Dr. Nick Saint-Erne, director of quality assurance at PETsMART Inc., says the Phoenix-based chain no longer sells green iguanas, monitor lizards or other animals that can grow to be bigger than a foot. He says most reptiles they sell can fit in a 20-gallon tank.

        “We reviewed different species of all pets,” he says. “We have chosen pets we feel do make good pets and are easy to take care of and do not grow into Jurassic Park size animals.”

        People often buy reptiles on a whim because of their uniqueness, says Jan Dietrich, school services coordinator at the Cincinnati Zoo and Botanical Garden.

        “If that's the only reason they got it, it's not going to work out because it's an ego thing,” she says. “Impulse buys are just awful.”

        She says parents sometimes buy reptiles for their children because the kids like the way the animals look or because they have seen them on television.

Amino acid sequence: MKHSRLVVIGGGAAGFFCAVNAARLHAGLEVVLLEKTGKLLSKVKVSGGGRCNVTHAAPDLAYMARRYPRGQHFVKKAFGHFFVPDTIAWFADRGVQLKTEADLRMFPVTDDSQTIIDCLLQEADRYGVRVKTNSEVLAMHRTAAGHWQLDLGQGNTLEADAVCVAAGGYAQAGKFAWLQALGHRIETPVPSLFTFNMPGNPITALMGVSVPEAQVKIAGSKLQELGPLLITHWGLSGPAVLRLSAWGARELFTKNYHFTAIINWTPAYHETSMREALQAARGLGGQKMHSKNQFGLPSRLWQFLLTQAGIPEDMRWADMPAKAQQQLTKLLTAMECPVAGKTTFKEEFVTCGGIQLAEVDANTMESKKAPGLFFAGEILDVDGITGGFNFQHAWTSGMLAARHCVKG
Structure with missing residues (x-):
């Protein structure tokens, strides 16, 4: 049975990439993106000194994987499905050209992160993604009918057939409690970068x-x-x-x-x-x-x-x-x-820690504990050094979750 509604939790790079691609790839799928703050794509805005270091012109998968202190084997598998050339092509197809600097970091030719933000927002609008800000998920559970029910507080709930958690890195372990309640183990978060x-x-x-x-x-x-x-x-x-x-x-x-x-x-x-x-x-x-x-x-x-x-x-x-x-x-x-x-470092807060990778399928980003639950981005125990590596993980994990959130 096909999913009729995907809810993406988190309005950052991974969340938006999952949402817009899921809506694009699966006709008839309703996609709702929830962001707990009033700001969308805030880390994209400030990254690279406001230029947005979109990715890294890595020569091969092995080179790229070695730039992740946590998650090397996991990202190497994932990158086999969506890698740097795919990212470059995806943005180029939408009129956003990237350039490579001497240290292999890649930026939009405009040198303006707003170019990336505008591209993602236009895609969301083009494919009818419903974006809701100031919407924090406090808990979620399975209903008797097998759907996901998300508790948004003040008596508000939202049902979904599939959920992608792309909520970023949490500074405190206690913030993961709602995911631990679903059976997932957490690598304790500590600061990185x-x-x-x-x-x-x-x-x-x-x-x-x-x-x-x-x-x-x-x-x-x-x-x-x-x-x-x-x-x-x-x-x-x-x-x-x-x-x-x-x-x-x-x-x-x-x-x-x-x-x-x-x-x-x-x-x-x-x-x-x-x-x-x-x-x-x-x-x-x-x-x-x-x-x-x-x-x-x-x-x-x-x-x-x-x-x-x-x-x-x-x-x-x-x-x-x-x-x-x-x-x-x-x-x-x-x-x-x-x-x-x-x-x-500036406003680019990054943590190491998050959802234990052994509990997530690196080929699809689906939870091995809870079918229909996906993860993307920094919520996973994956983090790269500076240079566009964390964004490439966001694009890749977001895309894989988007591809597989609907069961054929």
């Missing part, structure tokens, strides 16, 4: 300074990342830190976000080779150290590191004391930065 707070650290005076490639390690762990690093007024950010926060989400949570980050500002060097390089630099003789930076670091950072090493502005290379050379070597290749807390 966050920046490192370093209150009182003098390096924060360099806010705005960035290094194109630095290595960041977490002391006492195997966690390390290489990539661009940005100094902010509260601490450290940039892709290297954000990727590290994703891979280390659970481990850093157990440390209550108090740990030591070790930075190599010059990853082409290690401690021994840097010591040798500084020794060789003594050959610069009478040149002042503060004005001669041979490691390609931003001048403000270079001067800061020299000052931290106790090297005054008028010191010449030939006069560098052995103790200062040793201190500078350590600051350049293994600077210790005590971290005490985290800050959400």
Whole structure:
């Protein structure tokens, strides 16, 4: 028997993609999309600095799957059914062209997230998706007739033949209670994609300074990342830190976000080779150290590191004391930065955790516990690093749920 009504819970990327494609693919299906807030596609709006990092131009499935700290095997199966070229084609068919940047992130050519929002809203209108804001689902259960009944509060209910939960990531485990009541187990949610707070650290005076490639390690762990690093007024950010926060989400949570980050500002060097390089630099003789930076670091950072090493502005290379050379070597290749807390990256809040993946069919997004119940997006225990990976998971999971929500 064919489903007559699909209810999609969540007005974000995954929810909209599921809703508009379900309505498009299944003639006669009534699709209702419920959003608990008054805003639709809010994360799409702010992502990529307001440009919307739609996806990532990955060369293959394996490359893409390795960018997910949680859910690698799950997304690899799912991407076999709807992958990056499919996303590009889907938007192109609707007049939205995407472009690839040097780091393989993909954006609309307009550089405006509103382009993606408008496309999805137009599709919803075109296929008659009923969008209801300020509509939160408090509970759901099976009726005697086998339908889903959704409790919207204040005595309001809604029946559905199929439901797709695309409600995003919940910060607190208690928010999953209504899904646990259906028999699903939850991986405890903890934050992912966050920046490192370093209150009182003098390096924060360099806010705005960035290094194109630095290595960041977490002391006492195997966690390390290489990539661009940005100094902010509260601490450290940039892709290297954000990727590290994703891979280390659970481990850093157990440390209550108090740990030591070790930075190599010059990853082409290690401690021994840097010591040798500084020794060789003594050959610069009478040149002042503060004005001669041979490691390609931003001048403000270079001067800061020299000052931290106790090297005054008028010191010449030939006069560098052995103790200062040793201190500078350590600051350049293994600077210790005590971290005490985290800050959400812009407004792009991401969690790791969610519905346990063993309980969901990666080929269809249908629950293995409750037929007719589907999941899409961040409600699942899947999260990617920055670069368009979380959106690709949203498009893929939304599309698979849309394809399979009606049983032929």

In the early '90s, Ms. Dietrich says, turtles became popular with children because of the Teenage Mutant Ninja Turtles movies, cartoons and merchandise. Since then, educational shows have given kids a better understanding of animals' true behavior.

        “We had kids holding their turtles up on their hind legs and making them walk,” she says. “I'm hoping that with all the TV programs that show animals as they really are, kids are seeing what's real.”

        Reptiles also require less attention than many other pets do, which is another reason for their popularity.

        “Reptiles, compared to cats or dogs, are actually lower maintenance pets that don't require as much space or time,” Dr. Saint-Erne says.

The finer points

        While they don't make much noise and live for a long time, reptiles do have specific diet and habitat requirements.

        Reptiles aren't expensive to maintain, Mr. Oxier says, but start-up costs can be high for a first-time owner.